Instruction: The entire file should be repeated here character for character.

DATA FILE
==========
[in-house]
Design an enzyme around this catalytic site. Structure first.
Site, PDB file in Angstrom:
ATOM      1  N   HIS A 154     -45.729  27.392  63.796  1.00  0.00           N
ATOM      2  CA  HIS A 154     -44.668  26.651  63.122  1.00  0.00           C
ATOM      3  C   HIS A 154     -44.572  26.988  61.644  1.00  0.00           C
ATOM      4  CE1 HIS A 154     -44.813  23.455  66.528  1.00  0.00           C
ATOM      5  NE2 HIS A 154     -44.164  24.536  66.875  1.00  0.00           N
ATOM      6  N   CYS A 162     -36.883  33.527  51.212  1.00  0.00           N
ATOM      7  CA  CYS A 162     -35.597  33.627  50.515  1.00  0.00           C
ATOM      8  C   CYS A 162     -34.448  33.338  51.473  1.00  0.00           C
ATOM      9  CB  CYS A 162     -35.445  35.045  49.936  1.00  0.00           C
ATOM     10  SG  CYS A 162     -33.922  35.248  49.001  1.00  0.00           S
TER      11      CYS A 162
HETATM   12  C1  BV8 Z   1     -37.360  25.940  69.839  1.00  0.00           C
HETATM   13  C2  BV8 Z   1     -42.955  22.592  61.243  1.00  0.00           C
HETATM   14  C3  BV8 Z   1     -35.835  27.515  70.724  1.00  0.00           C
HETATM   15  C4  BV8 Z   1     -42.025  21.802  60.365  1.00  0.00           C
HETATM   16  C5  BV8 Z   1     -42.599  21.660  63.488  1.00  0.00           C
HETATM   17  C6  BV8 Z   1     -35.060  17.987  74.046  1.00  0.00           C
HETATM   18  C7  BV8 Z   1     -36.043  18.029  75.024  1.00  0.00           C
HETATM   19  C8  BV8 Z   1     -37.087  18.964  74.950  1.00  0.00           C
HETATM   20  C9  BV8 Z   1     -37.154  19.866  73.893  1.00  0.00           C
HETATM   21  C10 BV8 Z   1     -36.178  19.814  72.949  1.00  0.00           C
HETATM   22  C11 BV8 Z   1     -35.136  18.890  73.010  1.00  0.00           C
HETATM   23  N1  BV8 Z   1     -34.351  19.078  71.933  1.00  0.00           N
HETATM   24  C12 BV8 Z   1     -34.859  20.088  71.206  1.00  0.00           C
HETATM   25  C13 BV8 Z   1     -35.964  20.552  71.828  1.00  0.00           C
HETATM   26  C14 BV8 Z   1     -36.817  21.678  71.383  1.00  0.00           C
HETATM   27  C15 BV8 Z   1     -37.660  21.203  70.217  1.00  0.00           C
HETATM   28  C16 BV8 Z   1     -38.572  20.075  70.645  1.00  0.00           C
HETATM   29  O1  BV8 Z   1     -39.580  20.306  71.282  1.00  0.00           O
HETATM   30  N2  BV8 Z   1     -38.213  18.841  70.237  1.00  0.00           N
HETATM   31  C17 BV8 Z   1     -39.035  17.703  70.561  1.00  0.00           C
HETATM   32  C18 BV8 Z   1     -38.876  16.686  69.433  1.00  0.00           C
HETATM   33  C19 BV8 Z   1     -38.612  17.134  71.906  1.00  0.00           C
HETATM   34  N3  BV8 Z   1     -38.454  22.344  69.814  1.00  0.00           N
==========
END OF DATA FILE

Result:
[in-house]
Design an enzyme around this catalytic site. Structure first.
Site, PDB file in Angstrom:
ATOM      1  N   HIS A 154     -45.729  27.392  63.796  1.00  0.00           N
ATOM      2  CA  HIS A 154     -44.668  26.651  63.122  1.00  0.00           C
ATOM      3  C   HIS A 154     -44.572  26.988  61.644  1.00  0.00           C
ATOM      4  CE1 HIS A 154     -44.813  23.455  66.528  1.00  0.00           C
ATOM      5  NE2 HIS A 154     -44.164  24.536  66.875  1.00  0.00           N
ATOM      6  N   CYS A 162     -36.883  33.527  51.212  1.00  0.00           N
ATOM      7  CA  CYS A 162     -35.597  33.627  50.515  1.00  0.00           C
ATOM      8  C   CYS A 162     -34.448  33.338  51.473  1.00  0.00           C
ATOM      9  CB  CYS A 162     -35.445  35.045  49.936  1.00  0.00           C
ATOM     10  SG  CYS A 162     -33.922  35.248  49.001  1.00  0.00           S
TER      11      CYS A 162
HETATM   12  C1  BV8 Z   1     -37.360  25.940  69.839  1.00  0.00           C
HETATM   13  C2  BV8 Z   1     -42.955  22.592  61.243  1.00  0.00           C
HETATM   14  C3  BV8 Z   1     -35.835  27.515  70.724  1.00  0.00           C
HETATM   15  C4  BV8 Z   1     -42.025  21.802  60.365  1.00  0.00           C
HETATM   16  C5  BV8 Z   1     -42.599  21.660  63.488  1.00  0.00           C
HETATM   17  C6  BV8 Z   1     -35.060  17.987  74.046  1.00  0.00           C
HETATM   18  C7  BV8 Z   1     -36.043  18.029  75.024  1.00  0.00           C
HETATM   19  C8  BV8 Z   1     -37.087  18.964  74.950  1.00  0.00           C
HETATM   20  C9  BV8 Z   1     -37.154  19.866  73.893  1.00  0.00           C
HETATM   21  C10 BV8 Z   1     -36.178  19.814  72.949  1.00  0.00           C
HETATM   22  C11 BV8 Z   1     -35.136  18.890  73.010  1.00  0.00           C
HETATM   23  N1  BV8 Z   1     -34.351  19.078  71.933  1.00  0.00           N
HETATM   24  C12 BV8 Z   1     -34.859  20.088  71.206  1.00  0.00           C
HETATM   25  C13 BV8 Z   1     -35.964  20.552  71.828  1.00  0.00           C
HETATM   26  C14 BV8 Z   1     -36.817  21.678  71.383  1.00  0.00           C
HETATM   27  C15 BV8 Z   1     -37.660  21.203  70.217  1.00  0.00           C
HETATM   28  C16 BV8 Z   1     -38.572  20.075  70.645  1.00  0.00           C
HETATM   29  O1  BV8 Z   1     -39.580  20.306  71.282  1.00  0.00           O
HETATM   30  N2  BV8 Z   1     -38.213  18.841  70.237  1.00  0.00           N
HETATM   31  C17 BV8 Z   1     -39.035  17.703  70.561  1.00  0.00           C
HETATM   32  C18 BV8 Z   1     -38.876  16.686  69.433  1.00  0.00           C
HETATM   33  C19 BV8 Z   1     -38.612  17.134  71.906  1.00  0.00           C
HETATM   34  N3  BV8 Z   1     -38.454  22.344  69.814  1.00  0.00           N